Just as you leave Pirgos Dirou an unsigned concrete road takes you to Glezos. Wiggle your way through the village and at the T-junction at the top end, turn right. After 250m you’ll come to the Church of the Taxiarches (the Warrior Angels) on the right. This 11th century cruciform church has stone buttresses and a few re-used bits of marble to support the walls. Inside there are only fragments of frescos left exposed and one of these appears to be the Archangel Michael after whom the church is named. New aluminium doors and windows show that after 1000 years the church is still being used because of the neighbouring graveyard (the key to the church is usually in the door). Returning to the main road and after 2km there is a right turn signed to Triandafilia and Harouda. Pass through Triandafilia and Nikandrio. Keep right at a junction with the locked, barrel vaulted church of St Michael and carry on to Harouda. Ignore the first right turn as you enter the village and as you drive through you’ll see one or two ruined megalithic houses and, on a bend, a ruined megalithic church. Continue to the outskirts of the village and you will reach the beautiful 11th century church, dedicated again to St. Michael, partially hidden behind a high wall with a gate that gives access to the courtyard. The church has a tall, marble campanile, which contains several pieces of old marble, but like most of the churches, this is a more recent addition. The octagonal dome has arched facets with intricate brickwork decorations. The door of the church has a wonderful carved lintel. Walking round the outside of the church, you cannot fail to notice the massive rectangular blocks of marble, interspersed with sandstone blocks, with which the walls have been constructed. The intricate cloisonné brickwork decorations are also exceptional. On the north side of the church is what appears to be the square base of a tower on top of which is an unusually large bell. The church contains some wonderful frescos but many have been damaged by smoke and by water seepage. The whole of the narthex has been whitewashed and the key holder explains that this was because it made the women who stood there uncomfortable to turn their backs on the saints who adorned the rear walls! The marble tie beams and decorations on the templon are fantastic but most remarkable of all is the ring of decorated marble which runs round the base of the dome. The demand to see this church is very high and the key holder keeps a low profile in summer or else she would spend all her time unlocking and locking the church. The best time to catch her is in the late afternoon or early evening when she goes to the church to clean it, light candles etc. In fact, in looking at the high security front door, she should really be called the ‘keys’ holder. Returning to the main road it is quicker to take the right fork at the barrel vaulted St Michael you passed earlier.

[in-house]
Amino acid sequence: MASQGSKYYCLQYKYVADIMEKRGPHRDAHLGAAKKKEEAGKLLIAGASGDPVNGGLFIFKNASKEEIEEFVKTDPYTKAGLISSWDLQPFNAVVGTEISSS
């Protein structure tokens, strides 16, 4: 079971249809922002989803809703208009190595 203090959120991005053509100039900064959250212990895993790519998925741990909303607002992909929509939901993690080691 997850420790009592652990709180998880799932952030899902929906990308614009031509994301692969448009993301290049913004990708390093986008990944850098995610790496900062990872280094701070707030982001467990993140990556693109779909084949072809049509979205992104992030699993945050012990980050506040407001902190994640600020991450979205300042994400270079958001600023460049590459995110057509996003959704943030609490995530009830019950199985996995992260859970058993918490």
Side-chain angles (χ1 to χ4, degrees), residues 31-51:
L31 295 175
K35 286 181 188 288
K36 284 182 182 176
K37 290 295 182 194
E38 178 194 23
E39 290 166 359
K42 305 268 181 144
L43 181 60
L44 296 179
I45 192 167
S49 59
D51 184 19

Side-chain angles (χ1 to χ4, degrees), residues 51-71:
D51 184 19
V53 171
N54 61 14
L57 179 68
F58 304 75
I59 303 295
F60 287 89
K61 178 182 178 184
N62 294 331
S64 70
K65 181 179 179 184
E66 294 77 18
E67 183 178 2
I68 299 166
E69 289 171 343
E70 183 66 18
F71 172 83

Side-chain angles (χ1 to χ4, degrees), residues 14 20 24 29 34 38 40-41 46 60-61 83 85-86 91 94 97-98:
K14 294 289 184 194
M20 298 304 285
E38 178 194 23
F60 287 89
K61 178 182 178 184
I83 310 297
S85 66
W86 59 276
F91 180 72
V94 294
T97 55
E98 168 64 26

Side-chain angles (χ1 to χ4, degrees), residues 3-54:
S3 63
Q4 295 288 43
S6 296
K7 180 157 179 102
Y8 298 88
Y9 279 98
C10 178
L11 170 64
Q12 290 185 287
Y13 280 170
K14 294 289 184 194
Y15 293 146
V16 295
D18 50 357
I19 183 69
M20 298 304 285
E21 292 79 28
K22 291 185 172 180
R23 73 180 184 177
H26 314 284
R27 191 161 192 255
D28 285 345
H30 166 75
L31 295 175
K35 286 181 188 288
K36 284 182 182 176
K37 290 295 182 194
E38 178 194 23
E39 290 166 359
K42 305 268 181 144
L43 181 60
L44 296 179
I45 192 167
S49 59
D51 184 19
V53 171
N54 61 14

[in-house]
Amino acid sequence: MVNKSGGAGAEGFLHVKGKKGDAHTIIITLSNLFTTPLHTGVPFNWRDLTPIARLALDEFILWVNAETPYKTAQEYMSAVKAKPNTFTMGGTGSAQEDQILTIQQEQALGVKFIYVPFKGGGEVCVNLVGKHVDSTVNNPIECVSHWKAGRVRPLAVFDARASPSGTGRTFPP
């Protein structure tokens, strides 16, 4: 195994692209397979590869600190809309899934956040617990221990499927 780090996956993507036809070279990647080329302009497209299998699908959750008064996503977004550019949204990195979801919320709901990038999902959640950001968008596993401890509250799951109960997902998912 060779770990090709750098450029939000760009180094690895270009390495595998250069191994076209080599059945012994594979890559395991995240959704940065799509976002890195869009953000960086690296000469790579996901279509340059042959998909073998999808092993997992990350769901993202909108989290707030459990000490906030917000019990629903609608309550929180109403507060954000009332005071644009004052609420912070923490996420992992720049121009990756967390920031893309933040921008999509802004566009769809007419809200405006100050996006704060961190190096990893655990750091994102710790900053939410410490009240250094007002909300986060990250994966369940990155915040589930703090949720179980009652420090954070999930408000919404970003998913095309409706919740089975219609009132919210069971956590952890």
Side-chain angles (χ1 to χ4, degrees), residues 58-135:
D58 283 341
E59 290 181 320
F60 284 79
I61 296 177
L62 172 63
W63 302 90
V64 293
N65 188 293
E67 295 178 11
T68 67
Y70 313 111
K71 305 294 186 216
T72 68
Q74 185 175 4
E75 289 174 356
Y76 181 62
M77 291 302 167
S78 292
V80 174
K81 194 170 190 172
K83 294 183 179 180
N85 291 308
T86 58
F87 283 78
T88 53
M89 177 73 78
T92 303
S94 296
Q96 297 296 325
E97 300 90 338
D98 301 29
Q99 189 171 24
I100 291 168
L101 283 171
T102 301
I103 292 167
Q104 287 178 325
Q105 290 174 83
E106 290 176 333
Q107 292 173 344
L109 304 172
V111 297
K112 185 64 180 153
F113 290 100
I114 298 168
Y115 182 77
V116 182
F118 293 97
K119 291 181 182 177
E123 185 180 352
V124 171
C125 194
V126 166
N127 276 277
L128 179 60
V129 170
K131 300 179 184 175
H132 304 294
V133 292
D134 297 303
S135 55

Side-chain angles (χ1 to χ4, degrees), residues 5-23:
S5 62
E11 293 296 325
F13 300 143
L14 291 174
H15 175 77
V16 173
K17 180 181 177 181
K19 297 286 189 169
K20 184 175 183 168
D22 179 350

A short distance further south (approx 2 kilometres) on the main road, there is a road that goes off to your left that connects a series of villages that run parallel to the main road. Refer to the map to decide where you want to turn up. Again, in a southerly direction, the villages run as follows:

Fragoulias – a tiny hamlet of no particular note – nor is there a signpost there telling you its name.

Next is Dryalos (again, no signpost) but there is a fine tower on your right as you enter the village, which will help you identify it. Most of the village is above the road to the east so take the first turn on your left and drive up the hill. It is an old village with many old houses, some of which have been restored, and some old towers that are mainly derelict. Another road leads off to your right and takes you into a small square where there is a large church with a very impressive bell tower built alongside it. The icons inside indicate that the church is dedicated once again to Agioi Taxiarchis, the Archangels Michael and Gabriel, and there is also a fine fresco of this pair just to the left of the iconostasis. St Michael is carrying his sword and wearing armour decorated with fierce faces on his breastplate, epaulettes and greaves. There are no frescos on the ceiling, just faded powder-blue paint, but both sides have frescos as you near the plain, modern iconostasis. These include Agios Konstantinos and Agia Eleni, (both wearing the crowns and the rich robes of Byzantine Emperors), Agios Petros, Agios Andreas. The road turns to the right and brings you back to the main road at the far end of the village and the twin chapel church dedicated to St. George.